Chapter nine of the DVD: Montgomery Clift fellating a blade of grass. Need I say more?
Actually, yes I do: after the grass-sucking, Garth takes out a hand rolled cigarette, ostentatiously licks the cigarette paper and hands it to Dunson. On at least one other occasion you see Dunson and Garth sharing a smoke, their tongues and saliva touching and mixing by proxy.
The language in the script. Understandably a Western will have many gun-references. But in Red River, these are placed in an interesting context, generally just after a small intimacy like a gesture or a look. There is an ambiguous gun-reference immediately after Dunson and Garth share a cigarette and Dunson, cupping and touching Garth’s hand, exposes the bracelet. And when new character Cherry Valance appears (a young gun, obviously making eyes at Garth), he and Garth exchange their guns and do a flirtatious bit of leisurely shooting, accompanied by such lines as: ‘Can I see your gun?’ ‘Would you like to see mine?’.
In a reference to the grass-sucking scene, Tess puts her fingers near and on Garth’s mouth. Instead of acknowledging their presence, Garth talks about Dunson. And after they kiss she asks: ‘Did you like that?’. Garth’s response is worth a million: ‘I’ve always been kind of slow, making up my mind’.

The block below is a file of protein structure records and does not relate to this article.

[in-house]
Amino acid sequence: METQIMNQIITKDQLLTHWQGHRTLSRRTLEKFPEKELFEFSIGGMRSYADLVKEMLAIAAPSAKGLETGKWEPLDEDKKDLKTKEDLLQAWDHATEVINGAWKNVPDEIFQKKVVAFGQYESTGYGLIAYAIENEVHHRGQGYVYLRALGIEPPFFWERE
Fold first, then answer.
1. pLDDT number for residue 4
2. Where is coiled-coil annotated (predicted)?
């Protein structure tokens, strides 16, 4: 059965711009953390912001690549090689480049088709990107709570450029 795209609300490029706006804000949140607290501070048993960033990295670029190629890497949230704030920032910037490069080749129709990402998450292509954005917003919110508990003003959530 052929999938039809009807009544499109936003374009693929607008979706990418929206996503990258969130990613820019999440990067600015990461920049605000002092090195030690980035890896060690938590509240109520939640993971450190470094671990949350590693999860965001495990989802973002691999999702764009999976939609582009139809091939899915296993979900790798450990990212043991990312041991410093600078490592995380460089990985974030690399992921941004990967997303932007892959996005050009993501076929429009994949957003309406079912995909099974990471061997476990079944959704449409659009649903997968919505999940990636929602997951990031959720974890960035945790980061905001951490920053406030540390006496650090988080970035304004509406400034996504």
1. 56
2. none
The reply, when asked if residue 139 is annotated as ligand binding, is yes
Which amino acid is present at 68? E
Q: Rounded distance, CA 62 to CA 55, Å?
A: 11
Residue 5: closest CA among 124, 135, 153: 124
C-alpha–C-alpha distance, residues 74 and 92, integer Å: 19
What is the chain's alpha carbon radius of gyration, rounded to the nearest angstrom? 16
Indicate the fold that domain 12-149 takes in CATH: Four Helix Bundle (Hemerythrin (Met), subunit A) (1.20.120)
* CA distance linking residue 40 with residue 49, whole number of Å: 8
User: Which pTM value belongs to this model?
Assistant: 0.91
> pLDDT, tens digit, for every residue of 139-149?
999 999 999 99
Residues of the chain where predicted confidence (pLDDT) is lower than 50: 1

There is a subplot featuring Dunson’s old ranch hand and the Native American travelling with them, behaving and bickering like an old married couple.
The fight between Dunson and Garth, near the end of Red River is not presented as a son’s struggle to be free from his father(figure), but rather as the culmination of the tension that has been building between these two men. It is here Tess (re)verbalises what we already know: ‘Everybody can see you love each other’.
When they’ve made their peace after the fight, Dunson tells Garth: ‘you better marry that girl’. Garth almost agrees, but before he does (and that question is left unanswered), Dunson and Garth take their own kind of vows: they alter the mark the cattle is branded with to include both their names; a gesture more significant than any exchanging of rings and signing of marriage certificate. Next, “The End” appears on screen.
For those of you shaking your heads and accusing me of reaching: Red River has too much overtones for them to be coincidental. If the average movie-goer such as me can pick up on it, surely Hawks did as well. And he left them in, on purpose. In fact, the infamous grass-sucking scene is enhanced by a close up that, considering the target audience for this film, was not put in for the pleasure of the attending females. Hawks and writers Borden Chase and Charles Schnee (adapting a Borden Chase story) must have been aware of what they were creating and apparently were happy to run with it, allowing for the subtext to rapidly become text. This adds another layer to an already good film and, seen more than half a century after its creation, a (rather amusing) undercurrent that in no way diminishes the movie’s original intentions, presenting this millennium’s viewer, with two movies for the price of one. A great bargain by any standards.